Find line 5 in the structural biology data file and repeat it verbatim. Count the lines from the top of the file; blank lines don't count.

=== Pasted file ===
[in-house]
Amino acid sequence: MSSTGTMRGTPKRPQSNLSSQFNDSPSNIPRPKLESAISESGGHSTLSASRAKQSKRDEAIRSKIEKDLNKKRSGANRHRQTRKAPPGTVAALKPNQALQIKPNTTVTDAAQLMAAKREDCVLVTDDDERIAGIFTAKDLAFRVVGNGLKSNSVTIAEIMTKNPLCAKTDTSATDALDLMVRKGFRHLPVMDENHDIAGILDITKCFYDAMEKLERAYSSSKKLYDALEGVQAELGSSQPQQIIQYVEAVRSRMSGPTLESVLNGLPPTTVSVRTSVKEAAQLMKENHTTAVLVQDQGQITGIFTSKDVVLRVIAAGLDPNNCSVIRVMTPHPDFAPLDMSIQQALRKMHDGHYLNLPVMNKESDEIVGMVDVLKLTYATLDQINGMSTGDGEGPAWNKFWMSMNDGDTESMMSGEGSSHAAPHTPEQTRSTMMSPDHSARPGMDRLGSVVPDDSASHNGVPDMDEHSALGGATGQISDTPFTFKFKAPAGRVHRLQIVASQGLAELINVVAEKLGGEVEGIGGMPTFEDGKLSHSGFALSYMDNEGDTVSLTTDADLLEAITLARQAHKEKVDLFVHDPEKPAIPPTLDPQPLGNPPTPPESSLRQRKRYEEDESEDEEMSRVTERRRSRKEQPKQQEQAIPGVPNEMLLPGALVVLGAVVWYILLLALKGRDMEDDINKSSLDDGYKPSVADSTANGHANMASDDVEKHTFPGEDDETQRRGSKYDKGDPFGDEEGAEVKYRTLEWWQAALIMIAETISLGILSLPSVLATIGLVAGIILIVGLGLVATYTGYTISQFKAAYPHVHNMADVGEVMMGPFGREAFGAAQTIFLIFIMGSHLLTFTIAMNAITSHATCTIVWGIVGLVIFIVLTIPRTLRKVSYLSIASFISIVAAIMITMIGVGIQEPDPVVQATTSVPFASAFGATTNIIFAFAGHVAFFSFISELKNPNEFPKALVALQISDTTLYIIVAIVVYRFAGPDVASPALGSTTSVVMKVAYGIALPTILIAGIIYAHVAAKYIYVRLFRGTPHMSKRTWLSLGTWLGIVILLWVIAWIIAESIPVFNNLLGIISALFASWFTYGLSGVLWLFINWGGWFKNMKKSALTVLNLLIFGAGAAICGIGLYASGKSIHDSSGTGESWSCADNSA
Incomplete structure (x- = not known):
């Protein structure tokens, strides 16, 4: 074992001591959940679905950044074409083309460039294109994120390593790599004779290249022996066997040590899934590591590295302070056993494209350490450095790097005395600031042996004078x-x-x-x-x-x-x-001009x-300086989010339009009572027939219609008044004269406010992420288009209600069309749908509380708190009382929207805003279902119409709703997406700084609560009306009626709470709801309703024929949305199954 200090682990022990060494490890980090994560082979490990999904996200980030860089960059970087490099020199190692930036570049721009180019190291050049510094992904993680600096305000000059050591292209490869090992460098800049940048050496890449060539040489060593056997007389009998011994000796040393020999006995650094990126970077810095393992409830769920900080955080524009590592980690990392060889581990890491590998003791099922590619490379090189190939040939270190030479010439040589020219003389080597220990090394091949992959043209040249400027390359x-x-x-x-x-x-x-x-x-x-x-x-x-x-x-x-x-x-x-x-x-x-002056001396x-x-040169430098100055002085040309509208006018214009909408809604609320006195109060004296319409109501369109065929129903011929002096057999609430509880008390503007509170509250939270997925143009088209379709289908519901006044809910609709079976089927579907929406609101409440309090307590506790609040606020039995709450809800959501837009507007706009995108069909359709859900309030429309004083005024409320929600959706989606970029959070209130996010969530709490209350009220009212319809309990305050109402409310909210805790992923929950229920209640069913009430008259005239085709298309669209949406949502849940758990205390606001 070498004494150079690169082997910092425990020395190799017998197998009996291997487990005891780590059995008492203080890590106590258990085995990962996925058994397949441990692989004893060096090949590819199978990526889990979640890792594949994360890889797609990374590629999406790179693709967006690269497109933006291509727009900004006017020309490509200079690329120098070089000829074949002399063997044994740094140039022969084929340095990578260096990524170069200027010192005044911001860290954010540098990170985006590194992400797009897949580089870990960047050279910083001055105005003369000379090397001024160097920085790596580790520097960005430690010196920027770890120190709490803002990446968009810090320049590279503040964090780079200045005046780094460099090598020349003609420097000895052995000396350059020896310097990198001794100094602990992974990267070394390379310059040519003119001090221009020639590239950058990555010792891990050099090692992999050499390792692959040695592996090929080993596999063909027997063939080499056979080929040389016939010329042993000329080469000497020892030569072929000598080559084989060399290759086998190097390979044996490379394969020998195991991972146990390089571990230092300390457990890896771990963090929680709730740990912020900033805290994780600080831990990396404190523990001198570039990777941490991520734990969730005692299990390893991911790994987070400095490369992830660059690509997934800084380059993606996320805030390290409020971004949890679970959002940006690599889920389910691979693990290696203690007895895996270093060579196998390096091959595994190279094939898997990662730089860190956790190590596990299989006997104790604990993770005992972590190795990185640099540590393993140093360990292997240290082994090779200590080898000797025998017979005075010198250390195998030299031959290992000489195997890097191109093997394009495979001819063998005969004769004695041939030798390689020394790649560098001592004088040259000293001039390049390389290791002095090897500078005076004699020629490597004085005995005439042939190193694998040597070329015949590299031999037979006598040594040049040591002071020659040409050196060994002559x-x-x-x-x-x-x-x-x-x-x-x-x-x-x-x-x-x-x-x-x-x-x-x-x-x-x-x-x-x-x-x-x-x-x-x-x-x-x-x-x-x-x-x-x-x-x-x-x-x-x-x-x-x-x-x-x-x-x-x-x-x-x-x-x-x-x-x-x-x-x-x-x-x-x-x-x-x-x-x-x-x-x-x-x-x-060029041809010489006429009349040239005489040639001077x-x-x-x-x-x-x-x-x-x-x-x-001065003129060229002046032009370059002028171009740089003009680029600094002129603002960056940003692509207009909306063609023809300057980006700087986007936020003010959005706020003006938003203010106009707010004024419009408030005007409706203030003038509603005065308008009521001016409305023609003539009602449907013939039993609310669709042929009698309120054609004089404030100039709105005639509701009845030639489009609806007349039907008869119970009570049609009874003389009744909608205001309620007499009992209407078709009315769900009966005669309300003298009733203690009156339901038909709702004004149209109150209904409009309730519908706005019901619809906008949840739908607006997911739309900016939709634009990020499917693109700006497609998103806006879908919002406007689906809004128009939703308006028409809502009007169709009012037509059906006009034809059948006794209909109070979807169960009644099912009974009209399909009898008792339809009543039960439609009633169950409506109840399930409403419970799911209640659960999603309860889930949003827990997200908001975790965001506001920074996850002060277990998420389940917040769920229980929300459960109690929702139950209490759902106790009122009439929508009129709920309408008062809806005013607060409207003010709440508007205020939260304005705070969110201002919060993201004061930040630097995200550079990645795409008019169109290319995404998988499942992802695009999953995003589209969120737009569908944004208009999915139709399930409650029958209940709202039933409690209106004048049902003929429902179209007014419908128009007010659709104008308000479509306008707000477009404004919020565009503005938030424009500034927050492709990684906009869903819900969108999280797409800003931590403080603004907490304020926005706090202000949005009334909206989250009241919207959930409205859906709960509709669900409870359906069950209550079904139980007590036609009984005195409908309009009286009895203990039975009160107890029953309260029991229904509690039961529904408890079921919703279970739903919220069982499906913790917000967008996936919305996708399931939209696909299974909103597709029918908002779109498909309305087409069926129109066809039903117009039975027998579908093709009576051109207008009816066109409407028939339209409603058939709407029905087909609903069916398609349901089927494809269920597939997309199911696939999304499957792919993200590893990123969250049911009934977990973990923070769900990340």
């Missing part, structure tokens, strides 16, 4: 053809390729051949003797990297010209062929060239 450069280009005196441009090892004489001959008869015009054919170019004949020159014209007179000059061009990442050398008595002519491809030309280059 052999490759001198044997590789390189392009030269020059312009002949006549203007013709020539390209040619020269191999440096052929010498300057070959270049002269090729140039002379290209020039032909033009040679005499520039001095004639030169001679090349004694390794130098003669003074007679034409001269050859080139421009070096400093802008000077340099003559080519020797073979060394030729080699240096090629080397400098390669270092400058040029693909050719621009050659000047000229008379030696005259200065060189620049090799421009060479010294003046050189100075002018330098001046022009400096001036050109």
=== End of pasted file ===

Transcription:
């Missing part, structure tokens, strides 16, 4: 053809390729051949003797990297010209062929060239 450069280009005196441009090892004489001959008869015009054919170019004949020159014209007179000059061009990442050398008595002519491809030309280059 052999490759001198044997590789390189392009030269020059312009002949006549203007013709020539390209040619020269191999440096052929010498300057070959270049002269090729140039002379290209020039032909033009040679005499520039001095004639030169001679090349004694390794130098003669003074007679034409001269050859080139421009070096400093802008000077340099003559080519020797073979060394030729080699240096090629080397400098390669270092400058040029693909050719621009050659000047000229008379030696005259200065060189620049090799421009060479010294003046050189100075002018330098001046022009400096001036050109």